According to the findings Australian workers, and younger workers especially, are less connected to their employers and increasingly unsure about their job security. Under these circumstances, business leaders need to ask themselves if these worrying factors are making employees more likely to take risks. And if so, how can businesses mitigate that behaviour?

The first port of call for most businesses might be to increase security, however traditional cybersecurity solutions alone are not enough to meet the demands of today’s hyper-distributed, multi-generational IT landscape.

Attempting to protect every single piece of data or secure systems in the same way that we were when most employees were in an office, will likely make things worse, as staff will struggle to do a good job and be less efficient in their day-to-day operations due to increased friction and frustration, leading them even further down the shadow IT path with increasingly risky behaviours. As organisations continue to activate more data, how do we safeguard data and IP without slowing down business processes?

At a time when businesses need to operate at an open, accessible, and digital speed – it is vital to ensure staff have the right tools and support they need to operate effectively. Strict rules, one-size-fits-all policies and traditional DLP (data loss prevention) need to evolve to be more supportive than restrictive in nature. Organisations instead should look for products offering individualised, adaptive data security which blocks actions only when needed, coaches users where appropriate and allows for quick adoption of new technologies that users want. This ensures people can get their jobs done without intrusive technologies frustrating them or even worse stopping them from working effectively.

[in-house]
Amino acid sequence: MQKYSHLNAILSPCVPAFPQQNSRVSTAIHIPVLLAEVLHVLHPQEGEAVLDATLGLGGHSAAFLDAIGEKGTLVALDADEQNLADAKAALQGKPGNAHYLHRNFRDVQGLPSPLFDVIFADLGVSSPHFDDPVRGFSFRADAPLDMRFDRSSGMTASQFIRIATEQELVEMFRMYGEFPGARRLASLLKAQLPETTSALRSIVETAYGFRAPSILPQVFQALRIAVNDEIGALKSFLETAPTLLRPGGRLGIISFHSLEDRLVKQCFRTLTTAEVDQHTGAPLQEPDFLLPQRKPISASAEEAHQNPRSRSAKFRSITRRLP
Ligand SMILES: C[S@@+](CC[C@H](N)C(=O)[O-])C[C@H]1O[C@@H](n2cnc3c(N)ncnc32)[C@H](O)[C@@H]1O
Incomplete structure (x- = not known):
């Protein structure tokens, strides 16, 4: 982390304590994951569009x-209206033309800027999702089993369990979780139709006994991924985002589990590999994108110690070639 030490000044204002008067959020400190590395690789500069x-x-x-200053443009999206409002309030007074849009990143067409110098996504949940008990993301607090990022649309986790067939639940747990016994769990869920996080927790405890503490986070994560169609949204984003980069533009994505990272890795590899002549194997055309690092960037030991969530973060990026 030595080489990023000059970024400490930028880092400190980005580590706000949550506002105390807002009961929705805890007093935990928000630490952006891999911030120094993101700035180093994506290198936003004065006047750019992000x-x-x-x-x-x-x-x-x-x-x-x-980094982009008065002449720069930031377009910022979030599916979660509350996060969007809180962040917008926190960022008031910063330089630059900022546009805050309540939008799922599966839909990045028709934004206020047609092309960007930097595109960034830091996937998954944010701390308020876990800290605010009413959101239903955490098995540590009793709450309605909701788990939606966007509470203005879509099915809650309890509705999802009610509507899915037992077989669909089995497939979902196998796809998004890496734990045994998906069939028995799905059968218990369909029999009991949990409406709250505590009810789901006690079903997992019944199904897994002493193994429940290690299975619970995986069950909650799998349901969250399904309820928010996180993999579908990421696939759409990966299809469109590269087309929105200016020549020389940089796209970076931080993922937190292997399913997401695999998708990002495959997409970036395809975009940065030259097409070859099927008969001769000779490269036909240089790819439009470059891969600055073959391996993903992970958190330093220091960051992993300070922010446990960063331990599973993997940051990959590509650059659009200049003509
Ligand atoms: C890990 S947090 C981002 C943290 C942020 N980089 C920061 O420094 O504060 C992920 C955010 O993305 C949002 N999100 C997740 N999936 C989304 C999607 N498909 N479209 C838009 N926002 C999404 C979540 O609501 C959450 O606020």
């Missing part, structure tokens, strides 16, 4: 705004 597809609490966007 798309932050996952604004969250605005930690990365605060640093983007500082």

In addition, business leaders need to consider the individual psychological and physical situation of their remote workers when it comes to effective IT protection. Among other policies and processes, leaders can prioritise and facilitate a healthy work-life balance, considering, for example, regular virtual-meeting free days, as well as ensuring employees are comfortable in their home offices. Business leaders must understand that humans have a finite amount of memory and attention and can make mistakes when under pressure: by paying attention to corporate culture, employers can identify policies, training or social rules they could change which could contribute to a happier, healthier workforce.

While some businesses know a little about the risk of shadow IT and how best to manage it, others demonise it and resort to extreme measures. The best course of action is a careful and considered approach. It is better to support the user to operate in the supervised corporate technology environment, even if it means changing the approach, than to frustrate them so much they bypass it entirely.

Start by making sure your employees feel supported and comfortable in their remote working environment. Equip them with the vital knowledge and awareness of IT security, and shadow IT’s detrimental impacts to the business. More importantly, model positive behaviours – create the rule book, both written and implied, and then design behaviour-centric metrics surrounding the rules so the business is able to mitigate the negative impact of risky behaviours while employees navigate a new way of working.

Understanding the cause and effect of employee stress and shadow IT risks will enable business to better manage the wellbeing of their people, while also shoring up the cyber security of their organisation.

 Nick Savvides is Senior Director of Strategic Business for APAC at Forcepoint.